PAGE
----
Erdogan launches election campaign with pledge to slash Turkey inflation

Turkish President Tayyip Erdogan greets the audience during a meeting of his ruling AK Party to announce the partys election manifesto ahead of the May 14 elections, in Ankara, Turkey April 11, 2023.—Reuters
Turkish President Tayyip Erdogan greets the audience during a meeting of his ruling AK Party to announce the party’s election manifesto ahead of the May 14 elections, in Ankara, Turkey April 11, 2023.—Reuters

ANKARA: Turkish President Tayyip Erdogan launched his re-election campaign on Tuesday with a party pledge to slash inflation to single digits and boost growth, as he seeks to extend his two decades in power in a May 14 vote.

Erdogan is facing the biggest political challenge since his AK Party (AKP) came to power in 2002, with polls showing support sagging in recent years after unorthodox economic policies hobbled the lira currency and sent inflation surging.

Even so, the president repeated his economic mantra that investment, production, exports and an eventual current account surplus would drive gross domestic product.

“We will bring inflation back down to single digits and definitely save our country from this problem,” he told a stadium crowd in Ankara.

Erdogan’s aggressive interest rate cuts sent inflation to a 24-year peak above 85% in October before it dipped to near 50% in March. The ensuing cost-of-living crisis has gripped Turkish households and squeezed earnings and savings.

“We will improve the investment further with a structure based on a free-market economy integrated with the world,” the ruling party’s manifesto said, aiming for annual growth of 5.5% in 2024-2028 and GDP of $1.5 trillion by end-2028.

Erdogan said last week a team was working on strengthening economic policies under the coordination of former economic tsar Mehmet Simsek, who is well respected by international investors.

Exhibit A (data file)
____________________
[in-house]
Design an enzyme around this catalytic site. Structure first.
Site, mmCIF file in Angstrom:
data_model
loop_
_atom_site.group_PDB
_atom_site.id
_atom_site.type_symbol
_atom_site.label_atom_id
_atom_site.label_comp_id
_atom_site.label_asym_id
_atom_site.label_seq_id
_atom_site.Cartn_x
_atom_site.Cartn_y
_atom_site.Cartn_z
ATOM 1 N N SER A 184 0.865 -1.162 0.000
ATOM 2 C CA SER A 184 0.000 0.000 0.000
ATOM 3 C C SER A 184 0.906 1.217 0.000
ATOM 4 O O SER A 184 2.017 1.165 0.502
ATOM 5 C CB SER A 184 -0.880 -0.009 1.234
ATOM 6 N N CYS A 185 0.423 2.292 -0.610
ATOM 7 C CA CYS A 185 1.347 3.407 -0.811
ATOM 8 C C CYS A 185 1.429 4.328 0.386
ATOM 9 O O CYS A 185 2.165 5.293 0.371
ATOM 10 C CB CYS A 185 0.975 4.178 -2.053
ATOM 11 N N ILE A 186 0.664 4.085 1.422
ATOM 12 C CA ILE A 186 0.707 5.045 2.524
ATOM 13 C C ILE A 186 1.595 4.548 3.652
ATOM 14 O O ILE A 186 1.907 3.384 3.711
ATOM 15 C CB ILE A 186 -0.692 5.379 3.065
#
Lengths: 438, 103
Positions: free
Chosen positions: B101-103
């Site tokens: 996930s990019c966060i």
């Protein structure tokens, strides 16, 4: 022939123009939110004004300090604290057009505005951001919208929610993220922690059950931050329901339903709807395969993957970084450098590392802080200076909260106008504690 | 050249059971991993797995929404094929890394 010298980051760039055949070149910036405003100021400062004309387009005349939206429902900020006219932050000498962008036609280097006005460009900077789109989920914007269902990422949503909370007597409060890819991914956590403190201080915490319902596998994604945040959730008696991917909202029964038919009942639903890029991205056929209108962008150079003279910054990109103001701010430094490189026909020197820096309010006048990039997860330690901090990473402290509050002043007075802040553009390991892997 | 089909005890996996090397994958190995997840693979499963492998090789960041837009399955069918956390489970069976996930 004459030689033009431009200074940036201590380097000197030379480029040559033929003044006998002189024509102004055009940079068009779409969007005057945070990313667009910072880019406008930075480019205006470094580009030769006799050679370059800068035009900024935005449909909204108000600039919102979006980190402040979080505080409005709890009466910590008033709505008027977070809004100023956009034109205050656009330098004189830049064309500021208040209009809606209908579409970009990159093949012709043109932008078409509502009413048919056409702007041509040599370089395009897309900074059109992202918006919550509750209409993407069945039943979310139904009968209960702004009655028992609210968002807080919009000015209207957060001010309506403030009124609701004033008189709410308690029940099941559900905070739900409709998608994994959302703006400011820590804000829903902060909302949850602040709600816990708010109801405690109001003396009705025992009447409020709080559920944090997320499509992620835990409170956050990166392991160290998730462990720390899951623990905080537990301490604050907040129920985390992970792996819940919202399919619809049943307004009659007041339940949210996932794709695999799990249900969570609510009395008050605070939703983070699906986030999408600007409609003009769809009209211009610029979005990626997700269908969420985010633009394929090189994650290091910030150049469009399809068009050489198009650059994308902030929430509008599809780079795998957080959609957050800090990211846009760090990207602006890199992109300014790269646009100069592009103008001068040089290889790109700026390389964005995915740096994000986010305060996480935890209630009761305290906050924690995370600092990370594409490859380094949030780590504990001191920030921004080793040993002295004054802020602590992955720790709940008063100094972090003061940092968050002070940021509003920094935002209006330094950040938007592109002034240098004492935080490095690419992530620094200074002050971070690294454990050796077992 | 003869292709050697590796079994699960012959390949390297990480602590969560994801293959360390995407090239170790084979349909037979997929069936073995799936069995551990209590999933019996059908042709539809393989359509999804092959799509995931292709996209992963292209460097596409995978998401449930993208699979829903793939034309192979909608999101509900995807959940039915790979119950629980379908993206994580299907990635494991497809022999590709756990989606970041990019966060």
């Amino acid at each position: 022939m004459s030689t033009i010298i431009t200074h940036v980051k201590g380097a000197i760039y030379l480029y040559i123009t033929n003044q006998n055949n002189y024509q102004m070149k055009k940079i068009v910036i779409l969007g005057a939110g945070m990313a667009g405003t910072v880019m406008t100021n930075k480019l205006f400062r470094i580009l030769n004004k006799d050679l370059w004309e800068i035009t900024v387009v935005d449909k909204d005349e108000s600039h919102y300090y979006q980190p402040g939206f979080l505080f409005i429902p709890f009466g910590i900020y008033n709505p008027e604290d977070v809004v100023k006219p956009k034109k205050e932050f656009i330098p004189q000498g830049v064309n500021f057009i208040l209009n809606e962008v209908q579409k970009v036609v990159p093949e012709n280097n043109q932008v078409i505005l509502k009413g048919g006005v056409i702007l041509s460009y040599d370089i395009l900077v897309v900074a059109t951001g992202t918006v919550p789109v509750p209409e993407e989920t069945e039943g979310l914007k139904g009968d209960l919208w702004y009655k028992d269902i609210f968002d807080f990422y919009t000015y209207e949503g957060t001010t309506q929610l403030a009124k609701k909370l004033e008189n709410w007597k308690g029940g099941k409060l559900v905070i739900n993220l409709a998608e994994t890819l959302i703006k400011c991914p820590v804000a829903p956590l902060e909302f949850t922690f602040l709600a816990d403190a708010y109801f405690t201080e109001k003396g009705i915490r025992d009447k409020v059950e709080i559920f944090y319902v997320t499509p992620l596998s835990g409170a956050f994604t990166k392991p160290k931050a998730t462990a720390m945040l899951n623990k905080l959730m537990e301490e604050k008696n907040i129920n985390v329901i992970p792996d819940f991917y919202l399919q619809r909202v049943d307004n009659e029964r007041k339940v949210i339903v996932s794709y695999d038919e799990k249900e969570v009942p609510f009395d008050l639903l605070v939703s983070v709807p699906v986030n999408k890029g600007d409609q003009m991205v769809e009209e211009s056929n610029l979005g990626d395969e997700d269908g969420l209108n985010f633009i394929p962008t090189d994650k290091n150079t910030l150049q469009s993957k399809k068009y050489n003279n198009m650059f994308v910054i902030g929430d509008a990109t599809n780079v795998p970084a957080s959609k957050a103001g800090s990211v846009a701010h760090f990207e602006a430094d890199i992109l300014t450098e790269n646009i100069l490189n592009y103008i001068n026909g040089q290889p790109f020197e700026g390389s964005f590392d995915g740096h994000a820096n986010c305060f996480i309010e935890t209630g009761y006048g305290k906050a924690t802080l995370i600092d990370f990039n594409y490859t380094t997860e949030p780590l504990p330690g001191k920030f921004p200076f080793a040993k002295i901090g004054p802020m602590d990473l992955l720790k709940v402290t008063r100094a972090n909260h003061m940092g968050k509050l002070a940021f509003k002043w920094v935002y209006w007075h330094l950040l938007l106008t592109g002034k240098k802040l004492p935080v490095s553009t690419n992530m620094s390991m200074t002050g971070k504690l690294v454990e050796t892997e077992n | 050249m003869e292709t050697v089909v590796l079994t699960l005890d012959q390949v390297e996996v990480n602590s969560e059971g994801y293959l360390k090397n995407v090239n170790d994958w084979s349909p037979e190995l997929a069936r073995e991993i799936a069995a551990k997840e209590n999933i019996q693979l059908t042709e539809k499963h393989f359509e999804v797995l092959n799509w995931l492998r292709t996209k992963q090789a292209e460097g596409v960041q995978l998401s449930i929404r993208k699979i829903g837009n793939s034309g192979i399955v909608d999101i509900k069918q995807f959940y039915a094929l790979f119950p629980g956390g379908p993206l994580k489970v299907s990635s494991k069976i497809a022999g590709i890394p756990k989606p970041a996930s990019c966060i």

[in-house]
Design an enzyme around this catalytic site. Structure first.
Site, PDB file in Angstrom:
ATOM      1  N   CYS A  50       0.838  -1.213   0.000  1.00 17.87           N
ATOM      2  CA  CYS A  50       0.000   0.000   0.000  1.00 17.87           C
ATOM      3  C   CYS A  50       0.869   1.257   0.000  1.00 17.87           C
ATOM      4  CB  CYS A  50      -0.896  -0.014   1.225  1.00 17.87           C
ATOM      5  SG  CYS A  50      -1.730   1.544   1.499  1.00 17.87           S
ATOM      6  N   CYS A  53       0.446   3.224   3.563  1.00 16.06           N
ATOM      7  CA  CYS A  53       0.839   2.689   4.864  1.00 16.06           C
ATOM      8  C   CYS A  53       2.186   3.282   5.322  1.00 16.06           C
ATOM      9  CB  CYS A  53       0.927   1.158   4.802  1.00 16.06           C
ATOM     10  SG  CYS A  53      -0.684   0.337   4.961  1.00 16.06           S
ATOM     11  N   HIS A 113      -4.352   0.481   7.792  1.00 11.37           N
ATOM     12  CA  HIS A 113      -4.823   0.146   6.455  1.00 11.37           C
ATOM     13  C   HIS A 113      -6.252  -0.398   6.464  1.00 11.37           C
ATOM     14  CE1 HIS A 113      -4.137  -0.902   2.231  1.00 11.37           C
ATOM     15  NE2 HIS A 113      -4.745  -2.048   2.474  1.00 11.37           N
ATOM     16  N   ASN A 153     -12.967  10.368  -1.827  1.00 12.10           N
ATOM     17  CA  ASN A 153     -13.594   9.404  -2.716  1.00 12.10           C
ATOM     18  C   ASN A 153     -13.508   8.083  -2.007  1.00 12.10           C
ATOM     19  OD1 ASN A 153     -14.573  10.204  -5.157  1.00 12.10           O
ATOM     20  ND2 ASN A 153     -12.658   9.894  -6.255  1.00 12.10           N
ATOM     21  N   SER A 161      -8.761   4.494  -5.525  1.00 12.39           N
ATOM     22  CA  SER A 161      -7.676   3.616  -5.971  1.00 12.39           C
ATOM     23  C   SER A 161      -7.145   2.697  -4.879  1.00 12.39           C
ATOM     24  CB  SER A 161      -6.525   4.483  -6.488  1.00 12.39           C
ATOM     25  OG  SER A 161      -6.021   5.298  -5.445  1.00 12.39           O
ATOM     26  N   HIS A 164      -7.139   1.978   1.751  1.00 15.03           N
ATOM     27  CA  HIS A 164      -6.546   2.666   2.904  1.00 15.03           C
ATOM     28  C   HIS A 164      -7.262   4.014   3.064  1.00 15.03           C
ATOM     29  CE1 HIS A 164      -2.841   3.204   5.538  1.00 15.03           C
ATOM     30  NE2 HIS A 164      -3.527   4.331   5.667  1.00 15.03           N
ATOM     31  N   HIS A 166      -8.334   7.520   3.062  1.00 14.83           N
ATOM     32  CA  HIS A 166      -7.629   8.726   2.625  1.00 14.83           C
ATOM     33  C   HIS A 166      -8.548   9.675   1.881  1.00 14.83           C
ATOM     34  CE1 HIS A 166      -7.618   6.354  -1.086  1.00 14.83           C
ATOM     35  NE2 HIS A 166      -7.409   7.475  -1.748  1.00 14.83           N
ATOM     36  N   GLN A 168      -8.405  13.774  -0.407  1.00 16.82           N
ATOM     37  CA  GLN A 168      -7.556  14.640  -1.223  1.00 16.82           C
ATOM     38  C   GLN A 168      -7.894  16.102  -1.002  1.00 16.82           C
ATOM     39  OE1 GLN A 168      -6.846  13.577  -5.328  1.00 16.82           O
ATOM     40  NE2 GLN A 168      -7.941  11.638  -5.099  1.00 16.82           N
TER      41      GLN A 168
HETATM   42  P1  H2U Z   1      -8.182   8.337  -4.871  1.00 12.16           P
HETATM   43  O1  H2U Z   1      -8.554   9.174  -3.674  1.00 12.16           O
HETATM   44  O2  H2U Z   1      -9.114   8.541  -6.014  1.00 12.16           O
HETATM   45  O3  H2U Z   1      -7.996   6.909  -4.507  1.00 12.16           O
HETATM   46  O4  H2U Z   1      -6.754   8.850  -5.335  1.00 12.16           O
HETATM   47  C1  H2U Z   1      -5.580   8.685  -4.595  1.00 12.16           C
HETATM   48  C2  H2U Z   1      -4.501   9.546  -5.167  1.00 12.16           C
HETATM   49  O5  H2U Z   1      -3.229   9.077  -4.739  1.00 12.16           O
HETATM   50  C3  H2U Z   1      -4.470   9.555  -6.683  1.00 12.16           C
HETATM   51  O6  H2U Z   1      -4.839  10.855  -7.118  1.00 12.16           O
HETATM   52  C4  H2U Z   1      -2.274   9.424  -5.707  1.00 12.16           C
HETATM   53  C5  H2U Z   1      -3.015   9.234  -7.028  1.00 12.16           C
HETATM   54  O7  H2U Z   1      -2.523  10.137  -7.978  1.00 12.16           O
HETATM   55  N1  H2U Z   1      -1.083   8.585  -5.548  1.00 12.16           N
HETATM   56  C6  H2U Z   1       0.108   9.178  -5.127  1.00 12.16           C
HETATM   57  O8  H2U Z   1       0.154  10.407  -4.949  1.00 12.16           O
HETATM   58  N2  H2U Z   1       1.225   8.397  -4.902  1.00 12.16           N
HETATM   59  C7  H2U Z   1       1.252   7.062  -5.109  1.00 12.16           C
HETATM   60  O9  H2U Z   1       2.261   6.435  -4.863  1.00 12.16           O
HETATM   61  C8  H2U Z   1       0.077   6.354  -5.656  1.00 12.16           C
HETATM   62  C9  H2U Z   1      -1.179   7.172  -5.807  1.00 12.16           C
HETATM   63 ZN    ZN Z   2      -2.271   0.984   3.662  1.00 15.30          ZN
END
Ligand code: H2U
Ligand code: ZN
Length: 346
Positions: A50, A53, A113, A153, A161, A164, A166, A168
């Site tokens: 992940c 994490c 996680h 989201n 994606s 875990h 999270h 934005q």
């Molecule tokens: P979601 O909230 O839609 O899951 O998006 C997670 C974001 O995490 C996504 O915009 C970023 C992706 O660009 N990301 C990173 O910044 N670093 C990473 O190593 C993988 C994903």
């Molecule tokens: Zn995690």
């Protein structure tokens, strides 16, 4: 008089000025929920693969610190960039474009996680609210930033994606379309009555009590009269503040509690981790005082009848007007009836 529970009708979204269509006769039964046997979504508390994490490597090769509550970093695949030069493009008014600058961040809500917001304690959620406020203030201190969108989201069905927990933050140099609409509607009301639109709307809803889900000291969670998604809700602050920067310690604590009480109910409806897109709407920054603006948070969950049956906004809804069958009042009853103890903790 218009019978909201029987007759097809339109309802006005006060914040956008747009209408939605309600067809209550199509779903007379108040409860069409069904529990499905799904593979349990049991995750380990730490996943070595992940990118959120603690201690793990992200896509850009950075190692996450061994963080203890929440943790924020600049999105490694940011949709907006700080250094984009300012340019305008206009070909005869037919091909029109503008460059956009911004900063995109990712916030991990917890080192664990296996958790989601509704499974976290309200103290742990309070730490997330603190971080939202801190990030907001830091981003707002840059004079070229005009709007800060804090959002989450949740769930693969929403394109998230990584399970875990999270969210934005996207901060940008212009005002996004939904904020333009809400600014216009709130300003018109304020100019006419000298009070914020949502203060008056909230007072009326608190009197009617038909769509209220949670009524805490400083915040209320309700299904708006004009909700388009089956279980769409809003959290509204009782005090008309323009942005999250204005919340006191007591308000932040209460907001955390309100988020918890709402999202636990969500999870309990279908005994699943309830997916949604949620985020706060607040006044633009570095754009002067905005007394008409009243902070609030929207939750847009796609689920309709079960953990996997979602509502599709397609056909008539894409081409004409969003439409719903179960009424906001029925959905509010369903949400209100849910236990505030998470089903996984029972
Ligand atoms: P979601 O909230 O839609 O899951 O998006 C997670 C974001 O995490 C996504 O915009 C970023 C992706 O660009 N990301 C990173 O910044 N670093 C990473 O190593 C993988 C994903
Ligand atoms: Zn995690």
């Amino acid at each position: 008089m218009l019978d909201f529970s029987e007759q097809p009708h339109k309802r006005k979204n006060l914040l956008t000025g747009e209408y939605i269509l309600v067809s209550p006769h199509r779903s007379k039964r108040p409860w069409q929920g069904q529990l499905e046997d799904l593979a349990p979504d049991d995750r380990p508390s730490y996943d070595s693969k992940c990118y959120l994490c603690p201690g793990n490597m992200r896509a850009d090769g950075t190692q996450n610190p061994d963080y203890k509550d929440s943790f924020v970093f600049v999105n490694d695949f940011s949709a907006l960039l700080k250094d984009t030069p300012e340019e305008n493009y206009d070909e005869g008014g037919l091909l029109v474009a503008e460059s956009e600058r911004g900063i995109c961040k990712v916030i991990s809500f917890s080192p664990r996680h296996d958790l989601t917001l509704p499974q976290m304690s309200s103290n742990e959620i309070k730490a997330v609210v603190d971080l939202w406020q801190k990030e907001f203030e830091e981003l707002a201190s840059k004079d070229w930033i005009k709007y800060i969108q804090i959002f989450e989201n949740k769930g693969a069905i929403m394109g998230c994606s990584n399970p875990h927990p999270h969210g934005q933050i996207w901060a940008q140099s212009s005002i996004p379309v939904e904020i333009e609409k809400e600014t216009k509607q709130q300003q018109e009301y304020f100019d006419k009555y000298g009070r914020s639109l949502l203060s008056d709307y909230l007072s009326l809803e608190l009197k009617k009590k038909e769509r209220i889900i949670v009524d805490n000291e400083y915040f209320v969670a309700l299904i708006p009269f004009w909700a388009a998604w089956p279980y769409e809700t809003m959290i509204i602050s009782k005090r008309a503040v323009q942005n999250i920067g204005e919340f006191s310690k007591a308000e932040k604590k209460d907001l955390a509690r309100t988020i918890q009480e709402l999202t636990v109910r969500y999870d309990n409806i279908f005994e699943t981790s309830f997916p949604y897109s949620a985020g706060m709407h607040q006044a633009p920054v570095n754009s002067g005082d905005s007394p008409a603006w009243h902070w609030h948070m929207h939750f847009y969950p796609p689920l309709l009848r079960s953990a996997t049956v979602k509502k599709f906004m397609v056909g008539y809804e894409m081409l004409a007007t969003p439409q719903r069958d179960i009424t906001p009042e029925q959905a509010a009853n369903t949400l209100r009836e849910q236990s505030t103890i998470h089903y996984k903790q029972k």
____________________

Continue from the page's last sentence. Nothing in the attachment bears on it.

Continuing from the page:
Some AKP members have previously said they wanted Simsek to champion a pivot to more free-market policies after years of unorthodoxy under Erdogan.

However, the manifesto made no direct reference to a return to orthodoxy and said the low-rate policy was the main driver of entrepreneurs investing in the real sector and creating jobs.

In the presidential election next month, Erdogan will be up against the main opposition alliance candidate, Kemal Kilicdaroglu.

In the latest survey from Metropole, 42.6% of respondents said they would vote for Kilicdaroglu and 41.1% for Erdogan in first-round voting, with the other two presidential candidates receiving 7.2% support.

Support for Erdogan dipped slightly after February’s devastating earthquake amid perceptions of an initially slow response.

“Our priority in the upcoming period will be to restore our cities which were devastated,” Erdogan said, adding the government aims to build 650,000 apartments for survivors.

On foreign policy, Erdogan said the AKP would continue normalizing relations in the region and aim to build an “axis of Turkey”. Ankara recently took steps to mend relations with Israel, Saudi Arabia, Egypt and Syria after years of tension.

“We can negotiate with both sides in the Russia-Ukraine war, make concrete progress such as the grain corridor and prisoner exchange, and we can still speak of the possibility of peace,” Erdogan said.

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